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No Clear Winner in US Presidential Debate 

Both U.S. presidential candidates were claiming victory following the first of three scheduled debates. Commentators, analysts and bloggers appeared split on who may have gained an advantage from Friday's debate. Many believe that both Republican John McCain and Democrat Barack Obama performed well, but neither walked away the clear winner. VOA's Kent Klein reports from Washington.

The headlines in Saturday's newspapers, websites and blogs show mixed reactions to the debate: "Neither candidate won, tie goes to Obama," "McCain very glad he decided to show up," and "The big winner was America."

Experts seem to agree that neither Barack Obama nor John McCain made any serious mistakes. NBC political analyst Chuck Todd said on Saturday's Today show he thinks it was a good night for both candidates.

"They were both very good at doing what they do well, Obama being a little more direct than he usually is, but still expansive, and the format helped him there, McCain being very direct, showing a lot of energy," he said.

Bruce Miroff, a professor of political science at the State University of New York at Albany, says John McCain was particularly comfortable in the foreign policy portion of the debate.

"McCain had had a rocky two weeks on the economy. He was back on his ground of foreign policy, and he probably reassured his supporters that he was still in command of his campaign," he said.

On the other hand, Miroff says Barack Obama held his own with McCain on foreign policy.

"Obama's task was to show that he could go toe-to-toe with McCain on foreign policy, his supposed weakness and McCain's supposed strength. He had to look presidential, he had to convince people that he was ready to be commander-in-chief, and to be a president knowledgeable and with good judgment on foreign policy, and I think he accomplished that task," he said.

The 90-minute debate at the University of Mississippi was originally intended to focus entirely on foreign affairs. But the recent convulsions in the financial markets led debate moderator Jim Lehrer to spend the first 40 minutes on economic issues. Larry Sabato, Director of the Center for Politics at the University of Virginia, says that was a distinct advantage for Obama.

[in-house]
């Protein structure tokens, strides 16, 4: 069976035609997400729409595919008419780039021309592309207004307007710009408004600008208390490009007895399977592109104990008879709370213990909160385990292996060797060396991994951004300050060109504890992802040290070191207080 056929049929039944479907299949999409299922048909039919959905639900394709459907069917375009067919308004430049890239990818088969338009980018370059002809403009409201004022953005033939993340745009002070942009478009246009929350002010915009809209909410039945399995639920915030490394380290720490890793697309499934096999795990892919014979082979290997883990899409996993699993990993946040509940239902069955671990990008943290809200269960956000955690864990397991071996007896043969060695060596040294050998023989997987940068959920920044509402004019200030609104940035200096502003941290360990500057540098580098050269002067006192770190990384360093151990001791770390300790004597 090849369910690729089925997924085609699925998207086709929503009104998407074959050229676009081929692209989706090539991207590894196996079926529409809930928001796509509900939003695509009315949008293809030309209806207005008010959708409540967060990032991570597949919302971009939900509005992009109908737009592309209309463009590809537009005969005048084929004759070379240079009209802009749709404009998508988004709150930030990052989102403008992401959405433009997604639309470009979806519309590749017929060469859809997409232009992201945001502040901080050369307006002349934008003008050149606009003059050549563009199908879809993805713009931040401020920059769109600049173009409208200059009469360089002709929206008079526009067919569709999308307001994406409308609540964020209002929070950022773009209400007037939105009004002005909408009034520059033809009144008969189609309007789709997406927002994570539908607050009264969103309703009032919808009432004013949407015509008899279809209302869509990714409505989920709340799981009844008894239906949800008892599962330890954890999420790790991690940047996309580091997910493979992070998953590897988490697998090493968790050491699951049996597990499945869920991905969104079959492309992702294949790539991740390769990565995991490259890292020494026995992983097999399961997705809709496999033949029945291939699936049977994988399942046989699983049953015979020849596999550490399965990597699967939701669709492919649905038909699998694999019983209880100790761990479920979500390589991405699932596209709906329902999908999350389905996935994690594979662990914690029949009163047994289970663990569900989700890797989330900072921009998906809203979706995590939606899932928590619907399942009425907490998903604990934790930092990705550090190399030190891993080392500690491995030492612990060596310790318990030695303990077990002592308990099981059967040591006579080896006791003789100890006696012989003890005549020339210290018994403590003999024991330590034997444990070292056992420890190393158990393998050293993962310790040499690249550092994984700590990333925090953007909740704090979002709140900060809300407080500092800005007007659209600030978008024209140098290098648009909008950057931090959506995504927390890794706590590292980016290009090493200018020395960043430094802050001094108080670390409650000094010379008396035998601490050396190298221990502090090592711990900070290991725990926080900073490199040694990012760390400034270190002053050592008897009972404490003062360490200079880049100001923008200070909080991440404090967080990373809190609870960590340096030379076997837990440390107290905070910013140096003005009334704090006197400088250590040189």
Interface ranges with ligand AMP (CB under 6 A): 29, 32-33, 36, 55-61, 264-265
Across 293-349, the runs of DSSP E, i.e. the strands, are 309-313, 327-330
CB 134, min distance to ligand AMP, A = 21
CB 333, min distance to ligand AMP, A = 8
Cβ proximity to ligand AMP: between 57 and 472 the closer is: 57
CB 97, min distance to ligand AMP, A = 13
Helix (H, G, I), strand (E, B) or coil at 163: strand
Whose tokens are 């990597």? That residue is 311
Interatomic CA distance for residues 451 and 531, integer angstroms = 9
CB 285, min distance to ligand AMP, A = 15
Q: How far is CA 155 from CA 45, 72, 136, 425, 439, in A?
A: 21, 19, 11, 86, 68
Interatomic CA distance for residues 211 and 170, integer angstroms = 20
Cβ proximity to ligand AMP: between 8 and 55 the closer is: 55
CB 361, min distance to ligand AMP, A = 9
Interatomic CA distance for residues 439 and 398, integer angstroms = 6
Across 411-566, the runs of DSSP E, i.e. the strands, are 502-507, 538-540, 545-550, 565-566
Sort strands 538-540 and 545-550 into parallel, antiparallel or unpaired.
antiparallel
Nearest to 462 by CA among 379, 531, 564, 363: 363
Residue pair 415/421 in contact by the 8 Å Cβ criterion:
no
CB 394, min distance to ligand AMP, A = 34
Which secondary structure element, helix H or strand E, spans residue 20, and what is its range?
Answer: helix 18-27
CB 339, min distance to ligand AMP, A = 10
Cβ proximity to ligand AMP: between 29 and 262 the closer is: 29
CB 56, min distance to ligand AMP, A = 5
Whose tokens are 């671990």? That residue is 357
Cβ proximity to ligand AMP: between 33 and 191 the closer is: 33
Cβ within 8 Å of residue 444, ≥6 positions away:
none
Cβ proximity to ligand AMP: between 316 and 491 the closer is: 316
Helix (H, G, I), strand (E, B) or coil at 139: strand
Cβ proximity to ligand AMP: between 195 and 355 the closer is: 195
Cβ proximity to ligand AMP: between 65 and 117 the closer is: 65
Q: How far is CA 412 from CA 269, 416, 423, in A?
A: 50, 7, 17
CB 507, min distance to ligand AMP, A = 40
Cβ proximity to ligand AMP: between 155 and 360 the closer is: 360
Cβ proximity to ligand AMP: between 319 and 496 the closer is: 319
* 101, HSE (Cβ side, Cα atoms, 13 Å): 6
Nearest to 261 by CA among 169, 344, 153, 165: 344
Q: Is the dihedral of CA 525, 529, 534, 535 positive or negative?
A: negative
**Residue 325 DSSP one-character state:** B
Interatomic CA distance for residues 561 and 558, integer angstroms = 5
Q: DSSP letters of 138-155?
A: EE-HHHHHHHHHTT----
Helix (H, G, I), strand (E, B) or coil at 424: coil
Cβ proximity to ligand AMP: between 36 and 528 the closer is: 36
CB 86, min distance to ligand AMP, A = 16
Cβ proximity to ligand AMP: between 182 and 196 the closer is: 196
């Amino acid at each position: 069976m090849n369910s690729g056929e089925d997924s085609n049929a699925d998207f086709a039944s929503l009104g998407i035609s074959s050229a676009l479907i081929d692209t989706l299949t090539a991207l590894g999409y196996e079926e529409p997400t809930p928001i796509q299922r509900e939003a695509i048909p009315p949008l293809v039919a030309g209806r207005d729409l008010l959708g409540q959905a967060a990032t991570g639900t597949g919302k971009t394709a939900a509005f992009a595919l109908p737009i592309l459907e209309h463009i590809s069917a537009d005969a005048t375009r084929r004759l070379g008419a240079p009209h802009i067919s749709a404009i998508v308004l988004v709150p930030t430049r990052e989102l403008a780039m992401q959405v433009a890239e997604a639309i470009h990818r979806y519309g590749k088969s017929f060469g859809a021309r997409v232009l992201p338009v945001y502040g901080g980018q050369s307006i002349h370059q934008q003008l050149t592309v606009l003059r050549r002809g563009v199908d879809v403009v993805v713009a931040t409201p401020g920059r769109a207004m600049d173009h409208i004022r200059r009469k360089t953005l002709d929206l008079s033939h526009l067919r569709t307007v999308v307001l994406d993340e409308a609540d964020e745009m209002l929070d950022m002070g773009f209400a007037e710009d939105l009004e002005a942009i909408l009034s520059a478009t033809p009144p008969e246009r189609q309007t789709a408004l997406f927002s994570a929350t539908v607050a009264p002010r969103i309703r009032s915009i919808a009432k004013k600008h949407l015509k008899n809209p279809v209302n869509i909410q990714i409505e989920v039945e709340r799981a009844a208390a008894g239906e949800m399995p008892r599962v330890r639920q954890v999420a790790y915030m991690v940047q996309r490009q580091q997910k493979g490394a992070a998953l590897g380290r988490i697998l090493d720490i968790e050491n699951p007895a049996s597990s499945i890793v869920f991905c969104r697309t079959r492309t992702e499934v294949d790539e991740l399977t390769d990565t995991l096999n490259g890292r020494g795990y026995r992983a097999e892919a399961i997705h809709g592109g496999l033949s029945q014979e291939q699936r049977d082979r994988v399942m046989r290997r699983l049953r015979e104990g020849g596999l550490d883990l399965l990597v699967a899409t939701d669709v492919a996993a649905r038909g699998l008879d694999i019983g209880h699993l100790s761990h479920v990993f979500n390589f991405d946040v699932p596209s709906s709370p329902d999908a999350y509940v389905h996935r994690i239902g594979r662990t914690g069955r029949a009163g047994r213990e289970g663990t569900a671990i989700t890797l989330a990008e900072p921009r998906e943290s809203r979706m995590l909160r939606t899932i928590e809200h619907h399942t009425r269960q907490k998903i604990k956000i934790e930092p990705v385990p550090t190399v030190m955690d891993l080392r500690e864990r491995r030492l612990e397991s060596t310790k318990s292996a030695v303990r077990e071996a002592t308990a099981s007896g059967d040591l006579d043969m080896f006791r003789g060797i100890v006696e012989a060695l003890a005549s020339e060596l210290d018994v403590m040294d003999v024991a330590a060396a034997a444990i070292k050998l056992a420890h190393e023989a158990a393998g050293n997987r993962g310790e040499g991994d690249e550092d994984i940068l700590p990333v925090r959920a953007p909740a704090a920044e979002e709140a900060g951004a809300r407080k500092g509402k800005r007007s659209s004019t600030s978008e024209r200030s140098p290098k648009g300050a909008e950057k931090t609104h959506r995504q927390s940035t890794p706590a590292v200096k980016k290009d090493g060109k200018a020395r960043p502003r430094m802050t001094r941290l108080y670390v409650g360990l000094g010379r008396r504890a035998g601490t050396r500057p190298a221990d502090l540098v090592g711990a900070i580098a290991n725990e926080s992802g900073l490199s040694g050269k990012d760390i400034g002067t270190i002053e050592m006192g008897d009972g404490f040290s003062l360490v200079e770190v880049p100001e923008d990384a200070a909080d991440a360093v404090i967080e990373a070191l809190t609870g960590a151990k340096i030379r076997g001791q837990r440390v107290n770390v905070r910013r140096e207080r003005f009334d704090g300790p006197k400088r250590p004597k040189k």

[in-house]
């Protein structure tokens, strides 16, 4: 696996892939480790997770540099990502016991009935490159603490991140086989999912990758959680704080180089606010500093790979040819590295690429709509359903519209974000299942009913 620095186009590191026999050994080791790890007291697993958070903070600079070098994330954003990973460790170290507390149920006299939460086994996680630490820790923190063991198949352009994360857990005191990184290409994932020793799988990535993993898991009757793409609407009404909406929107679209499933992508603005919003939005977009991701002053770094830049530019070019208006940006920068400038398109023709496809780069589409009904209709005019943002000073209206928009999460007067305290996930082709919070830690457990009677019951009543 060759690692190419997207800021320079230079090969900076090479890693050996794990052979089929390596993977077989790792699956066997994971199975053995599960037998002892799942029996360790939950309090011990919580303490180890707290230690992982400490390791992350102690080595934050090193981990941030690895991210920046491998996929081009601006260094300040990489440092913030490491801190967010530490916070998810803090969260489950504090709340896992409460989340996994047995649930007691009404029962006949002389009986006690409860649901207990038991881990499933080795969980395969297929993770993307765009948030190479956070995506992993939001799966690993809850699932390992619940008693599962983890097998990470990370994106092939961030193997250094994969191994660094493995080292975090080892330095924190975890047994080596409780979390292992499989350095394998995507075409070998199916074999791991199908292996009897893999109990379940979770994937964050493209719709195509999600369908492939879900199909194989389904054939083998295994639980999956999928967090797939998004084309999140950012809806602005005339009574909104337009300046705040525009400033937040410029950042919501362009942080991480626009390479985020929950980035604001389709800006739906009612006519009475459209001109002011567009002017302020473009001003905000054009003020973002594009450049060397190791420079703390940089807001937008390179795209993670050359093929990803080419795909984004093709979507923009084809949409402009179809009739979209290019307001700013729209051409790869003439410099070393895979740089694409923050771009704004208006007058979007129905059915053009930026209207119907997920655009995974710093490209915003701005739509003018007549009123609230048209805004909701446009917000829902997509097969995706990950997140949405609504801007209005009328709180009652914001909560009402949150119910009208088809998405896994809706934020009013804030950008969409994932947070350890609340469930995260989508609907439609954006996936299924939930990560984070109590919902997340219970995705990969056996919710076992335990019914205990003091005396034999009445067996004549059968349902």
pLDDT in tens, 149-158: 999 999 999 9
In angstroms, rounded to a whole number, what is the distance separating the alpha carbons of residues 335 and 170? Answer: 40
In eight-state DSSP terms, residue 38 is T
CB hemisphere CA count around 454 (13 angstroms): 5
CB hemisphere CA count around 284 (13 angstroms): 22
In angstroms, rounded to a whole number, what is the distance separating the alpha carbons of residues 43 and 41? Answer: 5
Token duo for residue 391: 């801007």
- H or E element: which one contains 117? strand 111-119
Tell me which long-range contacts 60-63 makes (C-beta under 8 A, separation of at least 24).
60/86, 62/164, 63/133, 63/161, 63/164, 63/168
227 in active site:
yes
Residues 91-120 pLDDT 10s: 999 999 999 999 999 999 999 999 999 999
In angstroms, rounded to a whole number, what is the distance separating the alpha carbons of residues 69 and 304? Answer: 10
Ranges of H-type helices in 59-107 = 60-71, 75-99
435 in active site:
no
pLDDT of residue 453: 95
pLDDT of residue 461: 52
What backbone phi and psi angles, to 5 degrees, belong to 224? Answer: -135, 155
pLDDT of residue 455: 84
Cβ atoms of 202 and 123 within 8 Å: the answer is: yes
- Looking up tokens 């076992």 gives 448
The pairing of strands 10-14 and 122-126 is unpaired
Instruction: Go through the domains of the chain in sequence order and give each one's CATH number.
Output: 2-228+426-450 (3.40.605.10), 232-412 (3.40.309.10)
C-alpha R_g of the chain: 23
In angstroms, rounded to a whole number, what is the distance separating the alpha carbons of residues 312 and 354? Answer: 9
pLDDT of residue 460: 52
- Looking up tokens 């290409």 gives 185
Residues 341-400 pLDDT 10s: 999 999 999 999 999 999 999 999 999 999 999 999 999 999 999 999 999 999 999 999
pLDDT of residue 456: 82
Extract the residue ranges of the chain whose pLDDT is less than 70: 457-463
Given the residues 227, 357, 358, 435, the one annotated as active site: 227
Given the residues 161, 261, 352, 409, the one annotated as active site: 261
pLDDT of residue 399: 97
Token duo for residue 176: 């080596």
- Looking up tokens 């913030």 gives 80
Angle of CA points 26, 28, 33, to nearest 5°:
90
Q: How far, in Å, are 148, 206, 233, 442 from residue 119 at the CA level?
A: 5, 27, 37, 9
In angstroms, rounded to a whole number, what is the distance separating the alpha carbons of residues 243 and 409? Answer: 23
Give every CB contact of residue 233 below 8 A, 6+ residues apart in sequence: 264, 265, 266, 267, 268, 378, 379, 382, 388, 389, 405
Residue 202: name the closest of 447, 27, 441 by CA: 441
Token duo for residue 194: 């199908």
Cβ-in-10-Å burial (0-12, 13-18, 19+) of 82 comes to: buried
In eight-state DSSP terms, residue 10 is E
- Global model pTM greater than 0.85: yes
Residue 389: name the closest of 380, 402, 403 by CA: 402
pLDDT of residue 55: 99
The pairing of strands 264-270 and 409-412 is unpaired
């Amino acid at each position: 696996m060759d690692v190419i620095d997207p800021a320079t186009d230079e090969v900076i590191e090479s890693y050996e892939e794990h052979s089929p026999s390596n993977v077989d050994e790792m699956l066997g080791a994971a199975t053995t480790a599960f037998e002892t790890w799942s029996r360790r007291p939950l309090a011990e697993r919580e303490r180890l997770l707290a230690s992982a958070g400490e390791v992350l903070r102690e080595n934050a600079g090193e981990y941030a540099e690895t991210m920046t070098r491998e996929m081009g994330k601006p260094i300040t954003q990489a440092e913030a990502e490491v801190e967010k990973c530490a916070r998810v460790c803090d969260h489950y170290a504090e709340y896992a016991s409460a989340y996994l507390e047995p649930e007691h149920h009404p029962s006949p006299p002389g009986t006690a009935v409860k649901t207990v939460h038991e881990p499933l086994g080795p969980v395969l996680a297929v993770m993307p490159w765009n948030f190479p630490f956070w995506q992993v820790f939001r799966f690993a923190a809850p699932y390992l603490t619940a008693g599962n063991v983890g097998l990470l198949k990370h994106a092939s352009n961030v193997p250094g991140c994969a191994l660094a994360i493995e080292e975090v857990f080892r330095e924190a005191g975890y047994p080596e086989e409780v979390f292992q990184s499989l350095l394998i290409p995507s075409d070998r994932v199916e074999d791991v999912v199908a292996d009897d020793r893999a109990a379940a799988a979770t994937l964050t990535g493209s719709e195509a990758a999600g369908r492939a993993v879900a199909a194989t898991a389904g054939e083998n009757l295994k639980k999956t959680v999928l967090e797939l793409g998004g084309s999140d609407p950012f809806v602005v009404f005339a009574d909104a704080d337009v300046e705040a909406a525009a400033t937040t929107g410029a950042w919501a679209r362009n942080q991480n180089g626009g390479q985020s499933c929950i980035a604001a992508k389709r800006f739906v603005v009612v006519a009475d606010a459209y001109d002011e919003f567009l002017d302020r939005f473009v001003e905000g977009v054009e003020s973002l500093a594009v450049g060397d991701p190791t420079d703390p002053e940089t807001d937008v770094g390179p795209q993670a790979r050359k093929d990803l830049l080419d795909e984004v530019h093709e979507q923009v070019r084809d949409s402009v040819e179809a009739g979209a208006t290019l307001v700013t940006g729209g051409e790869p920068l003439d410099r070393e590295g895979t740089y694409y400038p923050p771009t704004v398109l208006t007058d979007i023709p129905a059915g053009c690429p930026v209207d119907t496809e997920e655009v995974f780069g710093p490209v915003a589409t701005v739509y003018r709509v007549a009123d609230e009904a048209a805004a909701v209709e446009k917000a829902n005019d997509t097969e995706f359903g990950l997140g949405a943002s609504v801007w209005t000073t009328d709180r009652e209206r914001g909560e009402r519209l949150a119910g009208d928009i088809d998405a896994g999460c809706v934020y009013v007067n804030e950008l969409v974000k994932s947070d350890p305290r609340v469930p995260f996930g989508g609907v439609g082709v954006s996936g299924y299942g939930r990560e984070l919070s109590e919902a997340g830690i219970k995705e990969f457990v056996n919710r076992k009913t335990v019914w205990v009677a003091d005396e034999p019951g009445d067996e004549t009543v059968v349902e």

"In essence, John McCain got cheated. That was supposed to be the foreign policy debate. That is John McCain's strong suit," he said. "The McCain campaign was delighted that the series of debates began with the foreign policy issues. And, of course, because of the financial superstructure meltdown, the moderator naturally asked questions about the economy."

Some analysts have commented on the contrasting demeanor of the two candidates. While Obama argued with McCain on numerous issues, he said eight times he agreed with his opponent on various points. Some commentators have called that a sign of weakness. Bruce Miroff, however, says it hurt McCain.

"McCain very visibly smirked and showed a kind of disrespect for Obama, which was also evident in constantly saying that Obama did not understand this or that. And to some people that may convey strength, but I suspect to more people it was a negative for McCain," he said.

Larry Sabato says the candidates' behavior during a debate has very little to do with who is more qualified to be President.

"Whether McCain looked at Obama is irrelevant," he said. "Whether Obama was interrupting McCain because he was upset is irrelevant. What matters really is the substance of what they said. Does style play into it? Of course it plays into it. But that is no way to pick a president."

The second of this year's three presidential debates will take place October 7 in Nashville, Tennessee. The candidates will respond to questions on both foreign and domestic policy from the audience, and to questions submitted on the Internet.

Larry Sabato says the format of the second debate appears to favor John McCain.

"Town hall debates are McCain's strong point, and yet you never know what is going to be asked," he said.

There will also be one vice presidential debate, between Democrat Joe Biden and Republican Sarah Palin October 2 in Saint Louis, Missouri.